advantage because of its extensive use of foreign workers in the United States on H-1B and L-1 visas, according to the study by IEEE-USA, a unit of the Institute of Electrical and Electronics Engineers, Inc.
"Our wage per employee is 20-25 per cent less than US wages for a similar employee," Vandrevala said.
"Typically, for a TCS employee with five years experience, the annual cost to the company is $60,000-70,000, while a local American employee might cost $80,000-100,000.
"This (labour arbitrage) is a fact of doing work onsite. It's a fact that Indian IT companies have an advantage here and there's nothing wrong in that. The issue is that of getting workers in the US on wages far lower than the local wage rate."
IEEE-USA president Ralph W Wyndrum, Jr said proposals now before Congress to raise the H-1B visa cap should be scrapped until significant workforce protections for US and H-1B employees are instituted.
"Not paying market wages to H-1B holders is unfair to both foreign and domestic high-tech workers," Wyndrum said.
"H-1B employees are being taken advantage of, and some US workers' salaries are likely suppressed by the influx of thousands of additional job competitors. The wage problem is one symptom of how deeply flawed the H-1B programme is."
Findings showing H-1B holders earning less than the market wages paid to US technology workers include:
1) Immigrant engineers with H-1B visas may be earning up to 23 per cent less on an average than American engineers with similar jobs, according to documents filed with the US Department of Labor (DOL). Salary data from Labor Condition Applications (LCAs) lends credence to arguments that lower compensation paid to H-1B workers suppresses the wages of other electronics professionals.
2) In spite of the requirement that H-1B workers be paid the prevailing wage, H-1B workers earn significantly less than their American counterparts. On an average, applications for H-1B workers in computer occupations were for wages $13,000 less than Americans in the same occupation and state. Applications for 47 per cent of H-1B computer programming workers were for wages below even the prevailing wage claimed by their employers.
3) Some (H-1B) employers said they hired H-1B workers in part because these workers would often accept lower salaries than similarly qualified US workers; however, these employers said they never paid H-1B workers less than the required wage.
According to IEEE-USA vice president Ron Hira, the concept of "prevailing wages" is worthless as a safeguard for US and H-1B workers.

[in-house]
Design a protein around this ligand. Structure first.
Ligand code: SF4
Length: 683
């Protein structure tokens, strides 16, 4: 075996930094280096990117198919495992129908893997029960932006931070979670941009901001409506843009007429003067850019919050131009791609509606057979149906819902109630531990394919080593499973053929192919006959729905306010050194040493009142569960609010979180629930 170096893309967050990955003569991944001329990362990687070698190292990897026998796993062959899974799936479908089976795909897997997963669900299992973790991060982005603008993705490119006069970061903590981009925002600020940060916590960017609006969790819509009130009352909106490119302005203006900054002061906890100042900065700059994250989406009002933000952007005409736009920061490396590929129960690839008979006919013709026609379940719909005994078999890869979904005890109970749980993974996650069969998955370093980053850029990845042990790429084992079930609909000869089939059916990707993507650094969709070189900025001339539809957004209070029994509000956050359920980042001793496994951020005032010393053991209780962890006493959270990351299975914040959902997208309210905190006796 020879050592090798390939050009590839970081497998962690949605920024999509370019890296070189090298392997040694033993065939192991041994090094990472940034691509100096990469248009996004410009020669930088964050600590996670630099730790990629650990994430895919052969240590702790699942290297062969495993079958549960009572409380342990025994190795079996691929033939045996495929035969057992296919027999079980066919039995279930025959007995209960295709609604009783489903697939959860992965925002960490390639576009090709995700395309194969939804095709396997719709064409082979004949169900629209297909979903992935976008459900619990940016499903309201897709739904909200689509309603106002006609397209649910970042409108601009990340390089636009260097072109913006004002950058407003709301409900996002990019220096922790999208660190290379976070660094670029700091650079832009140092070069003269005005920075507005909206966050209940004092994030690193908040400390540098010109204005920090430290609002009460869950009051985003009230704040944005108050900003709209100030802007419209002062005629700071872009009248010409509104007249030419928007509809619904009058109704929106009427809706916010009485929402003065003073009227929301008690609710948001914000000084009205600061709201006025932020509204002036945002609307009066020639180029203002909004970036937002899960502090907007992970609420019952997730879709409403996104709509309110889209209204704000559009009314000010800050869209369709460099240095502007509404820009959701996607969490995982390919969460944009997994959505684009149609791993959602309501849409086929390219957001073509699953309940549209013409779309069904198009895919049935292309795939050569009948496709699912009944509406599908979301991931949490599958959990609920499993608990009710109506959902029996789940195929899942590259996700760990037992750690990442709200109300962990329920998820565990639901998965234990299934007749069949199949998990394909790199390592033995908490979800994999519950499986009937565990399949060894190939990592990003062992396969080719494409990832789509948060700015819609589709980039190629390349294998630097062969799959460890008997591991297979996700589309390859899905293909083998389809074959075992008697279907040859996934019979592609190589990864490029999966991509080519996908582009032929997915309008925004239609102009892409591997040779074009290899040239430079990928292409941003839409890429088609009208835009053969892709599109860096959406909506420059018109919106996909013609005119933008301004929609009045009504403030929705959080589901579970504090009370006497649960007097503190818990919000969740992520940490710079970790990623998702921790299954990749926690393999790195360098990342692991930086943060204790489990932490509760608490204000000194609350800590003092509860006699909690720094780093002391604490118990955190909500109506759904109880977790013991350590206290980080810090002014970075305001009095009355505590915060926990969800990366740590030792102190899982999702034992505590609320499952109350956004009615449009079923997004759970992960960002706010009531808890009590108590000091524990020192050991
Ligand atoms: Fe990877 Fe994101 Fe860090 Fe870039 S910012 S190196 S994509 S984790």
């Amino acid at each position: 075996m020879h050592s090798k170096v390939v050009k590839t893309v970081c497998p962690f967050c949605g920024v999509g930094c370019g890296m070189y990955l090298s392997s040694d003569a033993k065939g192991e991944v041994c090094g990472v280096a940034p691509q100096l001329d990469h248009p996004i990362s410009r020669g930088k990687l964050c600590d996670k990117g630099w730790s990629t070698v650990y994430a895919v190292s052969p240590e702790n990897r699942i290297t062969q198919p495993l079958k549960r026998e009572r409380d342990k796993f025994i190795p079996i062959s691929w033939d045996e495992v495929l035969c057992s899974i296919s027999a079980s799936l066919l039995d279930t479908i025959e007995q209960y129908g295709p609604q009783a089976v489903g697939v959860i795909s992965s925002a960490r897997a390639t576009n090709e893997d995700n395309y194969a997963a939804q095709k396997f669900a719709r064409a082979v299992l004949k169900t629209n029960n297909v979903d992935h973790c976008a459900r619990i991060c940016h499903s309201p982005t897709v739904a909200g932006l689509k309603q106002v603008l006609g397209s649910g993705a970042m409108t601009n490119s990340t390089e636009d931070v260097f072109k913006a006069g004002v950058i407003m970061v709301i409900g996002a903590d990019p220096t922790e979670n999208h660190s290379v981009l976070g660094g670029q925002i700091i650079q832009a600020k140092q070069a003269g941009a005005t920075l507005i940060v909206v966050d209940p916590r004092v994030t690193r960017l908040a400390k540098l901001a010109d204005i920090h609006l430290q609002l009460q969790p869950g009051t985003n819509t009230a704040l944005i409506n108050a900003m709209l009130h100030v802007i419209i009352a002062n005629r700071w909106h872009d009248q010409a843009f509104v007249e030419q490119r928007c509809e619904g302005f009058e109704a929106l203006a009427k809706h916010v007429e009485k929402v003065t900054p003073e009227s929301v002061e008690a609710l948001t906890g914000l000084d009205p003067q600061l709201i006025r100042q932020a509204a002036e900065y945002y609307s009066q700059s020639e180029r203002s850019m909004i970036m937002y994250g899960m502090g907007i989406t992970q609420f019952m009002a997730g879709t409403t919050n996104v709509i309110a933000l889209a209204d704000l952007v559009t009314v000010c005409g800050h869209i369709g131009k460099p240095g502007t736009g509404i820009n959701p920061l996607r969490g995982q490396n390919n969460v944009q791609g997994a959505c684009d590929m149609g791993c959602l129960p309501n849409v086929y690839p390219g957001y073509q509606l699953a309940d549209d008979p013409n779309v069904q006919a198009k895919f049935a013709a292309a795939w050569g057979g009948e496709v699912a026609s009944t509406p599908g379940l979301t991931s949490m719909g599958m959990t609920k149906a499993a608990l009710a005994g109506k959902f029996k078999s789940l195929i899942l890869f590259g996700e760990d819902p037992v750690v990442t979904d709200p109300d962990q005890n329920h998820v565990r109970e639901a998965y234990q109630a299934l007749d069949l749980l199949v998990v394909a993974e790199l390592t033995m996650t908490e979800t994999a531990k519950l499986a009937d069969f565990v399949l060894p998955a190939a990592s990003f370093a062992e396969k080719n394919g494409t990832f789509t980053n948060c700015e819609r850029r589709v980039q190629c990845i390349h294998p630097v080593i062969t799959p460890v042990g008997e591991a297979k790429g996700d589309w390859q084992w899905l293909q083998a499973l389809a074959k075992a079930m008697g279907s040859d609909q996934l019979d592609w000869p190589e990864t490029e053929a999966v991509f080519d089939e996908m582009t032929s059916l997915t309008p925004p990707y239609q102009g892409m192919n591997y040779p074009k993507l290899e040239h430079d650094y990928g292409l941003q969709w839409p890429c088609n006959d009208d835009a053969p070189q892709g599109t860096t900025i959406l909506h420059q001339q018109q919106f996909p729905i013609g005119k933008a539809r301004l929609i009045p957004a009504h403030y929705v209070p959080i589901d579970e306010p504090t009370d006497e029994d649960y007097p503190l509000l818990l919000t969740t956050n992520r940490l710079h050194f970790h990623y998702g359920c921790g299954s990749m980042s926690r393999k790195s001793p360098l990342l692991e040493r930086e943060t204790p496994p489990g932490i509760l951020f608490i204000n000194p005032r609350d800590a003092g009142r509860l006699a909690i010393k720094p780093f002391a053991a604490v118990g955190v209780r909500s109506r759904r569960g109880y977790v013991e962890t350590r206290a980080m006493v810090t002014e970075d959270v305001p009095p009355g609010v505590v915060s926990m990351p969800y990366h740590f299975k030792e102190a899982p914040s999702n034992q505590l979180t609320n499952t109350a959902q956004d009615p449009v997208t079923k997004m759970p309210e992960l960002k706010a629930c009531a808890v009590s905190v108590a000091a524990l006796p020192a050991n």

"Proponents of the H-1B programme say that by law H-1B workers must receive prevailing wages, but this is a legal façade so full of loopholes that it is frequently gamed by employers to pay below-market wages," Hira said.
"This is another myth of the H-1B programme, that prevailing wages are the same as market wages."
A review of the DOL's LCA database for FY 2005 shows some of the well-below-market wages employers have been certified to pay H-1B workers.
For example, Teja Technologies received permission to pay a software engineer $10,900. Infosys Technologies was authorised to pay a programmer analyst $20,030. TCS was certified to pay a computer programmer $20,571, and Syntel Inc. was permitted to pay a computer programmer $31,304.
Under law, US employers have three options for determining an H-1B employee's prevailing wage. According to the DOL, an employer can request a "prevailing wage determination from the appropriate State Workforce Agency; use a "survey conducted by an independent authoritative source"; or use "another legitimate source of information".
Despite the law's intent, Hira enumerated a few ways companies circumvent the law's prevailing wage requirements when hiring H-1B workers:
* By selecting a survey source with the lowest salaries;
* By misclassifying an experienced worker as entry level;
* By giving the person a lower-paying job title than one reflective of the work to be performed;
* By citing wages for a low-cost area of the country, then sending an employee to a higher-cost area.
One reason it is so easy for employers to underpay H-1B holders is they know how to exploit the loopholes and have almost no chance of ever being investigated, the study noted.
Even if they were investigated, the loopholes are so large most of the employers would likely be found following the letter of the law.
First, DOL's automated review of LCAs is limited to looking for missing information or obvious inaccuracies; no human looks at the applications.
Second, if a Department of Homeland Security (DHS) review finds that an H-1B worker's income on the W-2 form is less than the wage on the original LCA, DHS does not have a way to report the discrepancy to DOL.
"It's a self-policing system that is never actually checked," Hira said. "The law itself is written in a way to invite exploitation. It should be no surprise that firms take advantage of the loopholes."